Fórsa has met the Minister for Education and Skills and the Minister of State with responsibility for special education and inclusion but our main engagement is with senior Department officials and that is the norm across the Civil Service. The arrangements for service provision and in industrial relations more generally are not conducted through contact between unions and Ministers. When we write to the Minister, she always responds. It is not the case that we feel we are being ignored. The week-to-week and sometimes day-to-day contact is with senior officials from the Department of Education and Skills. On the issue of face masks, there is some confusion in respect of face coverings, which people wear to ensure they are not passing on anything to anyone else; and medical-grade face masks. They are very cheap but are designed to the protect the wearer and to ensure there is a good degree of protection against droplet and aerosol spread. One difficulty we have had with the Department is a reluctance on its part to issue clear advice. We issued the advice ourselves, based on what the HSE recommends for staff providing personal care, that is, washing and changing of residents in nursing homes, and for those providing care in domestic or home settings. It is very straightforward, namely, wear a face mask and wear a visor to protect one's eyes from splashes. There are specific requirements around waste disposal. If one has been washing or changing someone, any waste materials need to be bagged for 72 hours before they are put into general waste. These are all common-sense, straightforward non-cost increasing issues. We have found the Department to be very reluctant to address what one might call the specifics of providing care to students who have hygiene needs. As regards PPE, maybe the term "PPE" is a bit frightening or disconcerting for some in the school sector but it is the basic provision of a face mask, gloves and an apron. When people are being told to buy such equipment themselves or that the Department of Education and Skills guidance states that schools may wish to consider if they wish to provide this equipment for staff, we then have to say that the duty of care is not being maintained. They can do a lot better than this. We met the Department yesterday on this-----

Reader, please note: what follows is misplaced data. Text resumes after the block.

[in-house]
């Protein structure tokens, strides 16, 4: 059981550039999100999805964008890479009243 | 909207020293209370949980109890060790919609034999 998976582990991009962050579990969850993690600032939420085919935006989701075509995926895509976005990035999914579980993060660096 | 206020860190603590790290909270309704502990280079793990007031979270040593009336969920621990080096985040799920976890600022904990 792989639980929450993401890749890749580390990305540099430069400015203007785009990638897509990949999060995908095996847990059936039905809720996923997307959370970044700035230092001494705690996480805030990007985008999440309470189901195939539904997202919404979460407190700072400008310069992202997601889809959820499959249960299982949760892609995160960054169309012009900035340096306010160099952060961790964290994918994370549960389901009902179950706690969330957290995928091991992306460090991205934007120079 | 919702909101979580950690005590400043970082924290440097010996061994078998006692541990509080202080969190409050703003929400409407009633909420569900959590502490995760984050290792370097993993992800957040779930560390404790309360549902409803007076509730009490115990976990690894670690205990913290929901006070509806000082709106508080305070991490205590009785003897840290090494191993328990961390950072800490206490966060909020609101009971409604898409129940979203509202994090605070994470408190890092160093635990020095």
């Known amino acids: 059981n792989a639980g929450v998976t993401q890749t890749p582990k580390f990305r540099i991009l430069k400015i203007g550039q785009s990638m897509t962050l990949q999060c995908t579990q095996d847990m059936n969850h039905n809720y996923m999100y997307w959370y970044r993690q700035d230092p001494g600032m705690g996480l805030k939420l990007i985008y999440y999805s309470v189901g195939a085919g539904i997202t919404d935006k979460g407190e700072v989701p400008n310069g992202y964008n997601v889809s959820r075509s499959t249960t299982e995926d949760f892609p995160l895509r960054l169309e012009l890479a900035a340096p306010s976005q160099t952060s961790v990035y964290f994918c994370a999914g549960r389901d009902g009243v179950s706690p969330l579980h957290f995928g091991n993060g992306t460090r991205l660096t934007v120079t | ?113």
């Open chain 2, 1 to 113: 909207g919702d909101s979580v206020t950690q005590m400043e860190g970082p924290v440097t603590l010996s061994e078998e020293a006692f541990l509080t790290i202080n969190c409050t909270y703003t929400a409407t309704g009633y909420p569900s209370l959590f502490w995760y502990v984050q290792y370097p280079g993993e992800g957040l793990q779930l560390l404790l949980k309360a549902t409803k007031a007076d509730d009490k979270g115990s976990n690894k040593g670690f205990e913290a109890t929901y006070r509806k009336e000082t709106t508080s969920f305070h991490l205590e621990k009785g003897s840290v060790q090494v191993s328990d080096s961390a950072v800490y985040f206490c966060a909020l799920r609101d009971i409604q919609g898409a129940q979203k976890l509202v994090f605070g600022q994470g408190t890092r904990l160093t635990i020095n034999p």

Mr. Andy Pike:
It was about the sixth time that we had met the Department and asked it to do this. It has now agreed to send out further advice to schools on the basics of what needs to be provided and what needs to be done to ensure that students and staff are safe, when, for instance, a student needs to change his or her clothes or there is a procedure to be carried out.
It has agreed to do that but we have not yet seen the draft. If it sends out that advice, that should improve things.
Is the Department aware that there are cases where one bus services several different schools, including those with special needs students, who have not been asked to wear face coverings? Based on my information from teachers, it would be helpful if people, including young people with special needs, were asked to wear face coverings unless they had a medical reason not to do so. I do not think that would be a complicated process. If a parent says there is a reason that the child cannot wear a face covering, that should be adequate but the lack of clarity is bringing ambiguity to cases of pupils travelling on buses. My fear is that there will not only be one classroom or school shut down but that several schools in an area serviced by a single bus will be shut down at one time.
Does any witness foresee circumstances in which teachers will have to withdraw from the classroom?
Mr. Martin Marjoram:
While we have heard worrying reports, we have made clear that in any circumstances where the public health advice is not followed, we stand ready to intervene to protect our members. We have made it absolutely clear that there cannot be any eccentric local interpretations of the measures that are very clear concerning physical distancing, the wearing of face masks and so forth.
On the wearing of face masks-----
I thank our guests, the organisations and their members for grappling with what must have been very difficult circumstances in recent months. We in the Oireachtas owe them a debt of gratitude, as do the Irish public.
I would like to hear the witnesses' positions on the issue of leave provisions and whether Covid-19 quarantine periods will be counted against sick leave entitlements in following years. Perhaps Mr. Boyle and Mr. Christie will give me their thoughts on that.
Mr. John Boyle:
We have concerns about cases where a teacher who is absent and self-isolating, thankfully for him or her, tests negative. If that were to recur a number of times in a year, since the public service sick leave scheme was quartered during the previous recession, it would not take long to result in the teacher being on half pay or potentially no pay due to Covid-19. That is something we simply would not tolerate. At the moment, we are keeping a watching brief. Covid leave is available to those who have tested positive or who are deemed to have to self-isolate but the difficulty may arise in the case of teachers who were off work for a short number of days because were that to happen regularly throughout the year, the number of absences would accumulate.